- Ragnarok Online does this with its Rebirth Classes. To obtain the rebirth class, one must get to level 99 and become a High Novice (thus the level reset to 1) and pick the same first and second job classes as the pre-Rebirth one. The second rebirth class has more powerful abilities and skills than the non-rebirth one. Thus, getting 3x the EXP needed than normal to obtain the rebirth classes is recommended to get the best skills for the very powerful third job classes.
- Eden Eternal has two tiers of persistent progression and a third that resets. This allows a character to retain some level of power between class changes and eases the process of obtaining and leveling new classes.
- Character levels (influencing base stats and racial abilities) will never reset.
- 'Main' jobs - First jobs - start from level 1 when they are acquired one but their level will persist between subjobs.
- 'Sub' jobs - Third jobs and Hybrid jobs - always start from level 1.
- Phantasy Star Online 2 allows players to switch between classes at any time outside of quests, but they all level separately and have their own entirely separate stats and skill trees. However, a subclass can also be equipped, which grants a percentage of its stat bonuses and some class traits, so it's possible have a level 1 main class and a max-level subclass, putting you fairly ahead when leveling alternate classes.
- This is a staple of the Disgaea series. The Reincarnation ability allows you to change any (non-plot) unit to any other type of unit, keeping some of their abilities and bonuses to their stats, but they always start over at level 1.
- In Shining Force, once characters reach a certain level, they can be promoted. Doing so upgrades their class—for example, a Knight becomes a Paladin, and a Warrior becomes a Gladiator—at the cost of sending them back to level 1. However, some of their stats are preserved, and the Level Cap that affects unpromoted characters is removed.
- The method of promotion in the Fire Emblem series. After a character reaches a high enough level in their base class and uses a special class changing item (in the Tellius games, one only need to gain a level after reaching level 20), that character's level reverts to 1. However, their stats, stat caps, and abilities sharply increase in the process. The exception being Fire Emblem: Genealogy of the Holy War, where you don't reset to level 1 and have a 30 level cap instead of traditional 20.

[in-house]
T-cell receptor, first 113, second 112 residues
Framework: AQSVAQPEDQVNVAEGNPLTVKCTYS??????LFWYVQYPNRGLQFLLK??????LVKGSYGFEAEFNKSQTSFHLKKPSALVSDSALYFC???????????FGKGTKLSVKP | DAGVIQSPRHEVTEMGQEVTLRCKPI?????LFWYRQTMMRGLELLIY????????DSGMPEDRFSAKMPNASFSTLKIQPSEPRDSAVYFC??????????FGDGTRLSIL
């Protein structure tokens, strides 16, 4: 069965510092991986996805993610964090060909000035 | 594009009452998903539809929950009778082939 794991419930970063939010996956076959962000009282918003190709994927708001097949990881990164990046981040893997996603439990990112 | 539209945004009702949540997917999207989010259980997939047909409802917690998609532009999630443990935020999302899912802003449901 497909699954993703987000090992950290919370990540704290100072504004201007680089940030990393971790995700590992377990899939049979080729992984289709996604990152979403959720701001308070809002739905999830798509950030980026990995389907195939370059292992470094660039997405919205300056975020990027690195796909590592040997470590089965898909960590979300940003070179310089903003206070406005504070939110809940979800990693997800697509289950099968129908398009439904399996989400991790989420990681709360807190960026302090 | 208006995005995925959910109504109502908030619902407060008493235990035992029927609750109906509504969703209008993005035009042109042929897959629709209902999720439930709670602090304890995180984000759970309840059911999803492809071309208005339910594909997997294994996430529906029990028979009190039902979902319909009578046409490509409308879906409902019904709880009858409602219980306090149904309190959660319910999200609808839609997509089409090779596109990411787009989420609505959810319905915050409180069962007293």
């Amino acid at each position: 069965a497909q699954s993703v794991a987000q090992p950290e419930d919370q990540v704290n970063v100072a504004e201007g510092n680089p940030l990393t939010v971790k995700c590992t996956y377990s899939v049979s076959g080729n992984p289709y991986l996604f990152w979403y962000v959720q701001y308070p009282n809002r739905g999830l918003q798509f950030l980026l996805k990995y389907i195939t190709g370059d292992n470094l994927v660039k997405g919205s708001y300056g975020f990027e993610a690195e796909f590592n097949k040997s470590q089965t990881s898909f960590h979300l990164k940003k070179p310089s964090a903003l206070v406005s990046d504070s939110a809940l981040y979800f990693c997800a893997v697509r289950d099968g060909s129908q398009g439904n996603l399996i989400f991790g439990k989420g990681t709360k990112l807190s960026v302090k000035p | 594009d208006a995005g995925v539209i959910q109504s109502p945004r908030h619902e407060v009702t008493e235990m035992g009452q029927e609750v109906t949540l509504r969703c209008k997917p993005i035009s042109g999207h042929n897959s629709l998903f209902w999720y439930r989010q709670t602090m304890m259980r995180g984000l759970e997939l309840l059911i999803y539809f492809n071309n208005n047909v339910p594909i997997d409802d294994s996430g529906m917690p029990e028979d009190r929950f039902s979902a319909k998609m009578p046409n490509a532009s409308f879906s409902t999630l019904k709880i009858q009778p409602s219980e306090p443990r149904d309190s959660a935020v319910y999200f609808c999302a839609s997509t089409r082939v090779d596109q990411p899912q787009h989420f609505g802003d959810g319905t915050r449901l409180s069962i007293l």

- Fire Emblem Awakening adds a more traditional example with the Second Seal: Rather than turning a basic class into an advanced class, they give a character an alternative basic (or, in certain circumstances, alternative advanced) class. You can also choose to demote your character from an advanced class back to a (different if you so choose) basic class so you can start gaining stats anew and learn new skills. As with regular promotion, accumulated stat points and skills are still available, but demoting means you lose the stat bonuses you originally gained from promoting to begin with, but you gain them back when you repromote them to an advanced class. It's also possible to use the Second Seal to "promote" your character to the same class, if you want to keep grinding them but don't want to switch their class.
- Arthas goes from level 10 to 1 after his Face-Heel Turn from Paladin to Death Knight in Warcraft III.
- In early editions of Dungeons & Dragons, humans (and only humans) could "dual-class", losing most of the abilities of their first class and leveling up in the second. Once they reached the same level in the second class, they got the abilities of the first class back.
- Strictly speaking, you could use the abilities of your first class before matching it with the second... but then you wouldn't get any Experience Points for the situation where you used your old abilities. The justification was that experience points represent growth and learning, but relying on your old abilities is just backsliding into old habits.
- Apocalypse World: One of the advanced level-up options is to have your character change class, which involves giving up everything that ties them to their current class (up to and including leadership of a settlement).
- In Baldur's Gate, when a human character chooses to dual class they start all the way back at level one for their new class and don't receive any of the abilities of their old class until they achieve one level higher than they were before switching classes.
- Planescape: Torment: The hero could become a warrior, wizard or thief. He starts as a warrior, and when he changes classes, he resets. Progression in the other classes are frozen until he changes back to them, though.
- Partly true of the Wizardry series, as explained here. When changing classes, your level and stats were reset to zero or the class/race minimum but you kept the skills and spells you had at your old class/level.